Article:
Sunday, February 16, 2020

Import Calendar Dates You Can Do

Do you create numerous calendar events? Are you a "calendar" person?

Google Calendar is my lifeline. I depend on it every day. I also see how powerful Google Calendars are for larger purposes ... buildings, staffs, communities, large groups, etc. But the problem is, creating calendar events on a large scale can take large amounts of time. It can open the door for errors.

Awhile back, I searched and searched and found a few helpful resources. I found an article or two, a couple of videos ... but what I really wanted was a template that was ready-to-go and "easy" to use. What I had found was the "theory" behind using a Google Sheet and importing it to Google Calendar. Since I couldn't find a template, I made one and today I want to share that out.

It is a basic, simple, and straight-forward idea. Take a Google Sheet, format it correctly, load in your dates (& as much info as you want to), save as a csv, and upload to the correct Google Calendar. Voilá!

I have used this method for athletic calendars very successfully. I've also recently shared this idea with my district for our yearly calendar. I see this as very helpful. Each building can have its own tab. Tabs can be duplicated - or individual rows can be copied over - for events that need to be on multiple calendars.

To be 100% honest, the first time you create a large number of events, you are not going to "save" a ton of time, but the benefits come in when you have repeating events or you use the same large number of events over and over. For example, a weekly repeating meeting ... create the dates on 2 rows, then use the "magic" of selecting them both & pulling down on the "blue box" to keep that repeating time frame. And if you are like many schools, you probably use "comparable dates" year after year ... and that is where I see a Sheet saving time. [Also, one person can create the district-level events and they be copied over to each building, or use the calendar layering ability to have them all show at the same time.]

Included with the template is a tab for directions. I also tucked in "notes" on each of the column headers to help guide you when you are actually creating your events. I've tried to create this to be something ANYone can do, but if you get stuck or you need help, feel free to reach out!

And finally, at the bottom of the instructions tab, I added a couple of tips on ways you could go further. Interested in an automatic creation of events from your Sheet? Yep - it's possible ... check out the "How to automatically add a schedule from Google Sheets into Calendar" video. Maybe one day, I'll tackle that, too! 

Here is a sneak peak at the template ↬

Link to "template/preview" option (allows for quick copy)

Link to "View only". Please use the "File --> Make a copy" option to make your own copy.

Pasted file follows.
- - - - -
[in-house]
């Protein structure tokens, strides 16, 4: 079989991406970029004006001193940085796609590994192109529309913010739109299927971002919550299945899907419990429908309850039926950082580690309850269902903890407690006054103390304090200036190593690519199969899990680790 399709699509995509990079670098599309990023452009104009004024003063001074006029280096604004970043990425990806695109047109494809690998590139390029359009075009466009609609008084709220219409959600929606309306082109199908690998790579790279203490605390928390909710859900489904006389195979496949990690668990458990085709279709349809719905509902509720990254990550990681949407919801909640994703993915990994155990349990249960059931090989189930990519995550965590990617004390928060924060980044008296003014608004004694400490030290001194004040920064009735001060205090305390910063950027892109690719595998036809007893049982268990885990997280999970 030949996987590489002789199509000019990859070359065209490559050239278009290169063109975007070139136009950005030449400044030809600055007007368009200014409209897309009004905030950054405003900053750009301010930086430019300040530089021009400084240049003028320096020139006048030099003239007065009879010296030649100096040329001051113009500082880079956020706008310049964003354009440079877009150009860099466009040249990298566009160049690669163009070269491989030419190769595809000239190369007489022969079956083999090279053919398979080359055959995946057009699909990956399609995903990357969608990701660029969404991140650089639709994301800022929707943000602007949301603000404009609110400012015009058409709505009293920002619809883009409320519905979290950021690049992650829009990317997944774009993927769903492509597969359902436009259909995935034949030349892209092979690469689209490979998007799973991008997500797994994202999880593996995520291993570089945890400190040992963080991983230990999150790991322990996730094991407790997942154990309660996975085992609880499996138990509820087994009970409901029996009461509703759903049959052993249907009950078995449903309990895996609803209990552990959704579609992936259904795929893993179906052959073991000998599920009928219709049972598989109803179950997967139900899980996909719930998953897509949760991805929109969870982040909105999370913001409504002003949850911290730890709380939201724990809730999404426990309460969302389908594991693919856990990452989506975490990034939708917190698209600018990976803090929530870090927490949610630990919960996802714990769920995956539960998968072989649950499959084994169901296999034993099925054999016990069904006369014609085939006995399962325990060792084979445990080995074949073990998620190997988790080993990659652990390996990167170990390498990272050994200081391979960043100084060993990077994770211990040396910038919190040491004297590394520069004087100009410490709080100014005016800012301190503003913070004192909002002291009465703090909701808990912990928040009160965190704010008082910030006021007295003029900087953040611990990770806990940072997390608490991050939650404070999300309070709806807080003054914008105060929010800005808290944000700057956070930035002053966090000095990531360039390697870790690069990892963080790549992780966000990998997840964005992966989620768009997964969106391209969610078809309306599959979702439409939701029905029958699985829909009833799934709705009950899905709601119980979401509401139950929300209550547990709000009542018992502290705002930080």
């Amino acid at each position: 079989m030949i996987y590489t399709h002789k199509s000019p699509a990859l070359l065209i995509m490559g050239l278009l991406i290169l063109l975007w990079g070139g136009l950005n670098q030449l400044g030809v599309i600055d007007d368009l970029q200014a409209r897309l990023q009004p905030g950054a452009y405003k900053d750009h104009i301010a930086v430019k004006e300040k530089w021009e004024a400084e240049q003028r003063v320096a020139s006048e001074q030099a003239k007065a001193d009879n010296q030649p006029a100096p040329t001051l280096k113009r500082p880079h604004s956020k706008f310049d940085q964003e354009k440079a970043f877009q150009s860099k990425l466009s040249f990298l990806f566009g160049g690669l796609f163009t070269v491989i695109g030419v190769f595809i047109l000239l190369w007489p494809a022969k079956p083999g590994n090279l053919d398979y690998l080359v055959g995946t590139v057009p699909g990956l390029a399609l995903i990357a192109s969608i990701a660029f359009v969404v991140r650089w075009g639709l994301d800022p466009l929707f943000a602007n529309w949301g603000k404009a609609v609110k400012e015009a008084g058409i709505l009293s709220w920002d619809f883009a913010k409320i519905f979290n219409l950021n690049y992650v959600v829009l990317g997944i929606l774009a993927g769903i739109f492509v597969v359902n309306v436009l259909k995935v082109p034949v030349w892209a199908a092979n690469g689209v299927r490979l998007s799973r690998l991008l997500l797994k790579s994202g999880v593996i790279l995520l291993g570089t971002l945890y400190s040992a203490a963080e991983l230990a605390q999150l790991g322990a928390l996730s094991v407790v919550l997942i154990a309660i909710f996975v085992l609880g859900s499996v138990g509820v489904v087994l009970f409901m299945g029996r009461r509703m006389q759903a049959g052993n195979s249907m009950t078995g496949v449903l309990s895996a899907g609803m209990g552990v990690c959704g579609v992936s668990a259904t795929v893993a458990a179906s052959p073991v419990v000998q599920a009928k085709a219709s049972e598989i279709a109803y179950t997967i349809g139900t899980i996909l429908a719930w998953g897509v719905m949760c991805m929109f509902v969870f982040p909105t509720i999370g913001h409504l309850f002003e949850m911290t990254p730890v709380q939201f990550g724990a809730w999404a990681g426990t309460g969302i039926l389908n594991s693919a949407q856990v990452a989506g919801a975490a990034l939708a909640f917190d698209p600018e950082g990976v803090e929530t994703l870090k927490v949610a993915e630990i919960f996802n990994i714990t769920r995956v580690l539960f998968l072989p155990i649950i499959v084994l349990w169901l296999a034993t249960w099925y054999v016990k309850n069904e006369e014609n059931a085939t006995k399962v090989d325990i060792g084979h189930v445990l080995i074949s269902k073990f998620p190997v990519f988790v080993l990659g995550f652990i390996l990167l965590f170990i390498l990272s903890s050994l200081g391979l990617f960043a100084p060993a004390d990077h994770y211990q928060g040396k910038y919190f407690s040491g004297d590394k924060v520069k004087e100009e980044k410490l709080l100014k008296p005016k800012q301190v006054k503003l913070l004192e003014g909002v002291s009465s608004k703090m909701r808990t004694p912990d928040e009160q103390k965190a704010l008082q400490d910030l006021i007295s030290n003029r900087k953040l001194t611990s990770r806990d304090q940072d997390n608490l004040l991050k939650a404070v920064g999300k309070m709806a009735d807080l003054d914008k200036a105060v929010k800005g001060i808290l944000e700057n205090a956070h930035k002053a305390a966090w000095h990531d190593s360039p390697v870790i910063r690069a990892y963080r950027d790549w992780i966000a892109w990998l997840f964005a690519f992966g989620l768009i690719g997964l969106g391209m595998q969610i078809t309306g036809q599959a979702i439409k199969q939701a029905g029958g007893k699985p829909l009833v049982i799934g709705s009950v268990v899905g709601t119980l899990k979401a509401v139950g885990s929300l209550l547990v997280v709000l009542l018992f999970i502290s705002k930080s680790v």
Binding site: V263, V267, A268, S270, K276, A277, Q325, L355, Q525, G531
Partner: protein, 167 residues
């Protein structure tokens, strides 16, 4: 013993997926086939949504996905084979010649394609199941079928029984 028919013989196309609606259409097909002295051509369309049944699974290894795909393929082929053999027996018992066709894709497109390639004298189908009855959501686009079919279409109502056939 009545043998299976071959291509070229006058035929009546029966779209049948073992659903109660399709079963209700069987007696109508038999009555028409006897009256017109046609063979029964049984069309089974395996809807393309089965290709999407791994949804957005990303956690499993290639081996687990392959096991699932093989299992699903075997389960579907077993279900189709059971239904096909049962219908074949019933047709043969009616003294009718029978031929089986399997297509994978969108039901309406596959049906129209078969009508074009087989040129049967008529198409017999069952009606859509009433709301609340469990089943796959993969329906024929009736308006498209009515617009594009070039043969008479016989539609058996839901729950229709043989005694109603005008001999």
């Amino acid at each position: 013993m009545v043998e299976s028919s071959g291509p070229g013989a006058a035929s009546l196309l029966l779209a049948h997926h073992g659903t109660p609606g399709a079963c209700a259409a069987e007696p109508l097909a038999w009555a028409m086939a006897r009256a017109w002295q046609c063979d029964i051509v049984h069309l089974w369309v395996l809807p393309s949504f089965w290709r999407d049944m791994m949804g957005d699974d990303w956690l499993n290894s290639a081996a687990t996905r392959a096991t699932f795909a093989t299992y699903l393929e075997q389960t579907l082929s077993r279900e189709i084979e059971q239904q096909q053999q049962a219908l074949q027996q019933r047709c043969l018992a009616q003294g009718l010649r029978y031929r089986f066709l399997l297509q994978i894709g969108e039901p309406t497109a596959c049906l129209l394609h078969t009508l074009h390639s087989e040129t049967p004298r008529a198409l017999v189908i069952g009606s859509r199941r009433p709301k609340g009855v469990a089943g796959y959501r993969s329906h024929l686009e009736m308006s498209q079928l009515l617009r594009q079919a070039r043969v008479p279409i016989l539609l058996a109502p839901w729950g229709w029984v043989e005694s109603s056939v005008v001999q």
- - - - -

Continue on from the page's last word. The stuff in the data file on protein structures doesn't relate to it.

You can also find this on my "Templates for Teachers" website. Feel free to check this one out, along with the 70+ other templates my colleague Beth Kingsley & I have created and shared out.


Looking for Sheets or Calendar ideas/tips/tricks? Check out my Wakelet collections: 
Google Sheets Wakelet
Google Calendar Wakelet
          

And, as always, have a question or comment? I'd love to hear from you! Feel free to comment below, email me at sarah@techyoucando.com, or find me on Twitter @kiefersj.


Sunday, February 9, 2020

"Val the Valentine" You Can Do

I did not plan on creating this activity. It is actually not even my idea. But sometimes, hallway conversations have a way of pushing me TO do something I hadn't thought of or planned. 

Many of the templates I create have a pretty cute story behind them. Here is the story of Val. I was walking down the hall last Thursday, and a young student paused and smiled up at me. I smiled back and he stopped, looked at me and asked, "Are you going to come to my class so we can decorate hearts?" 💖

A little background to this question - I've gone into our 1st grade classrooms around Halloween to decorate a pumpkin (thanks to Eric Curts); around Thanksgiving to dress up a turkey (thanks to Beth Kingsley); and Christmas to decorate a tree (thanks again, Eric Curts). 

So really, he already anticipated this activity. We chatted for a bit about how he'd like to decorate hearts and then he proceeded to give me specific dates he'd prefer I come in - he apparently has a vacation coming up and didn't want to miss out 😆.

So thanks to this little one, I designed "Val the Valentine"! It it definitely geared to a younger audience, but older students can add in their own flair if you are ok with that by changing colors, adding in space to write a Valentine note, or search additional Valentine themed images and borders.

Val the Valentine
Here is a link to the template.
If the preview doesn't work, try ↬ Val the Valentine 

Feel free to make your own copy & share out with your kiddos. (I suggest using the "Make a Copy for each Student" in Google Classroom for your littlest ones.) I've also added it to our ever growing collection of templates on "Templates for Teachers". You are welcome to make your own copy of any of them and share/modify to make them your own.